Boosting Innovation with Multidisciplinary Design

By Anna Lynn Spitzer

Irvine, CA, January 28th, 2014 -- Eighty-four ambitious UC Irvine students have begun working on 19 cross-disciplinary projects as the popular Multidisciplinary Design Program kicks off its fourth year. MDP, first launched in 2011, is sponsored by Calit2 and UCI’s Undergraduate Research Opportunities Program. 

Shokair: "It's about taking initiative. The more you put into it, 
the more you get out." (Photos: Shellie Nazarenus)

Participants, known as MDP Fellows, work in teams on a diverse range of design projects focused on energy, the environment, healthcare and culture. Each team comprises several students and at least two faculty mentors from different schools. 

This year’s projects include platforms for learning English, aiding children who have autism, neural signaling, nanoscale human brain-computer interfaces and educational computer-based games. 

Other projects encompass wearable light sources, pressure-and-acceleration-sensing insoles, underserved women’s health literacy, homelessness, vestibular rehabilitation, aquaponics and genetic testing.

In addition to their design duties, the MDP Fellows attend workshops on project management, team building, conflict resolution and more.

MDP Fellows introduce themselves.

                                                                                                                                                                                                                                                This session’s undergraduates and graduate students were chosen from a pool of 126 applicants. They, and many of their mentors, attended an orientation last week that honed in on teamwork, communication, project planning and the importance of initiative.

“This is not a robotic process,” UROP director Said Shokair repeatedly told the students during the orientation. “The purpose of this program is to transform you, expand your knowledge, develop your skills, [make you] more sensitive to multidisciplinary endeavors and more competitive for whatever you want to do in the future.”

Shokair emphasized open-mindedness, expressing the sentiment that everyone in the room is unique. “Your job is to cherish that,” he said. “Keep your biases in check. Every discipline, every major, every point of interest is as valuable as yours.”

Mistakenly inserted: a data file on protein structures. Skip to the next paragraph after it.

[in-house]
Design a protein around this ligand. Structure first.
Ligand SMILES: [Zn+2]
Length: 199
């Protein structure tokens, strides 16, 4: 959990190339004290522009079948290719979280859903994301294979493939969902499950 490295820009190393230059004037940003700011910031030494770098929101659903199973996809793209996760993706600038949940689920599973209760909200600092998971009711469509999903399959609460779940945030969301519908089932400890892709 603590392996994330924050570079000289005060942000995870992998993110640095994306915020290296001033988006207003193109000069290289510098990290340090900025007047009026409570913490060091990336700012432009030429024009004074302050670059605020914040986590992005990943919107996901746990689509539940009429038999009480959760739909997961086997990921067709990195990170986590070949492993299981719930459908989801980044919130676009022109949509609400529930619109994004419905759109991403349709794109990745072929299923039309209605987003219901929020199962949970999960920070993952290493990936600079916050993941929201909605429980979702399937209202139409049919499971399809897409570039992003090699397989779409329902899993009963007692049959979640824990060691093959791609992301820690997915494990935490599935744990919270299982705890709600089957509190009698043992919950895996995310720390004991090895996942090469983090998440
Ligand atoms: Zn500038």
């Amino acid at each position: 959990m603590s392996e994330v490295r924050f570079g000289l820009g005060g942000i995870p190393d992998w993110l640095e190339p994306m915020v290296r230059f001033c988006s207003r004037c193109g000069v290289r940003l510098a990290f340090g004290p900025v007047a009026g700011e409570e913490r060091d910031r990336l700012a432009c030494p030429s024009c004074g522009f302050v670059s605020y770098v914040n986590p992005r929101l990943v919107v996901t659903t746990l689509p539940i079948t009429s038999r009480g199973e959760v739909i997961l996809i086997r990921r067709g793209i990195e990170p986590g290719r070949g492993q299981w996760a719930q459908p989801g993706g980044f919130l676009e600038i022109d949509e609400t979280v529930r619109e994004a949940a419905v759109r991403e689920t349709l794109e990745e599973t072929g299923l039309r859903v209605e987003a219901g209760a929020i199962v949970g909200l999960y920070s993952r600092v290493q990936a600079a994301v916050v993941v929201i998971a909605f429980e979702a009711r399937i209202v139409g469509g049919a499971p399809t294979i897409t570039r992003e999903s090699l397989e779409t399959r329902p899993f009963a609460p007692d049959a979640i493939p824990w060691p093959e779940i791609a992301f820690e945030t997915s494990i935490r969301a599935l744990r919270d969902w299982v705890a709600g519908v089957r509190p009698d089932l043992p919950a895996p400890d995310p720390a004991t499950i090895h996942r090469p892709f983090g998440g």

Shokair asked faculty mentor An Do, a neurology professor, to share words of wisdom.  Do urged the students to familiarize themselves with jargon from their teammates’ disciplines. “You’ve got to be able to understand what everyone is talking about,” he said. “You have to learn other vocabularies.”
Do also emphasized initiative. “You have to be willing to teach yourself.”

“The more effort you put into it the more you get out,” echoed Shokair, who also stressed division of labor, methods for improving teamwork and the importance of failure: “You won’t enjoy success unless you have failed a few times.” 

“This is an absolutely great experience,” mentor Lawrence Kulinsky told the student researchers. “First, because you get to fail. And second, because you get to succeed. This is how projects are done,” said the engineering professor.

Added Shokair: “I hate to tell you but sometimes universities do not prepare you for real life. We’re trying to change that.”

Multidisciplinary collaboration “is the future,” according to Calit2 Irvine Director G.P. Li. Even though students are segregated by majors in college, those silos usually disappear in the workforce. “In real life, there are no disciplines,” Li said. “It’s about what we can do together.”

The prime goal, he added, is to teach students the art of innovation. “We believe design is a process that will help solve problems. By going through the process you learn how to be innovative. This is the future of how we can transform our society and remain competitive in the world.”

Li: "We see multidisciplinary research as the future."

CalPlug manager Arthur Zhang spoke to the students about building a network to connect team members. “The success of your team depends on how strong a network you can build,” he said, with the effort requiring coordination of time, people, resources, budgets and more.

Zhang suggested a variety of communication tools, including Facebook, text, Gmail, calendaring apps and document-sharing services. “It’s pretty tough to be a [freeloader] when you’re part of a highly networked team,” he joked.

Other speakers included graduate student Cathy Tran, an MDP Fellow since 2012, whose team is developing a computer game to teach children about digestion; and professors and faculty mentors Wendy Goldberg and Yuqing Guo, whose teams are designing apps for children with autism. 
Tran shared her team’s experiences and recommended helpful apps like Doodle, Dropbox and Trillo to keep team members in sync. She also discussed the importance of ongoing feedback as projects progress. “You need to keep in mind who your consumer is,” she said. “When you bring kids into your development space and let them play with prototypes you find out pretty quickly what they like and don’t like, what they understand and don’t understand.”

Goldberg, from psychology and social behavior, and Guo, from nursing sciences, both conduct research on autism and credited MDP for opening the door to a partnership. “This gave us a way to channel our collaborative ideas,” said Goldberg.
Guo urged the students to “really seize this opportunity. Take an active role to get the most out of it. Meet other students, attend the presentations... you really have a chance to grow.”

In closing, Shokair reminded the students that the final responsibility for creating successful outcomes was theirs. “By your enthusiasm, by your initiative, and by delivering above and beyond [your mentors’] expectations, you make it a pleasure for them to mentor you and support you. The burden is on you.”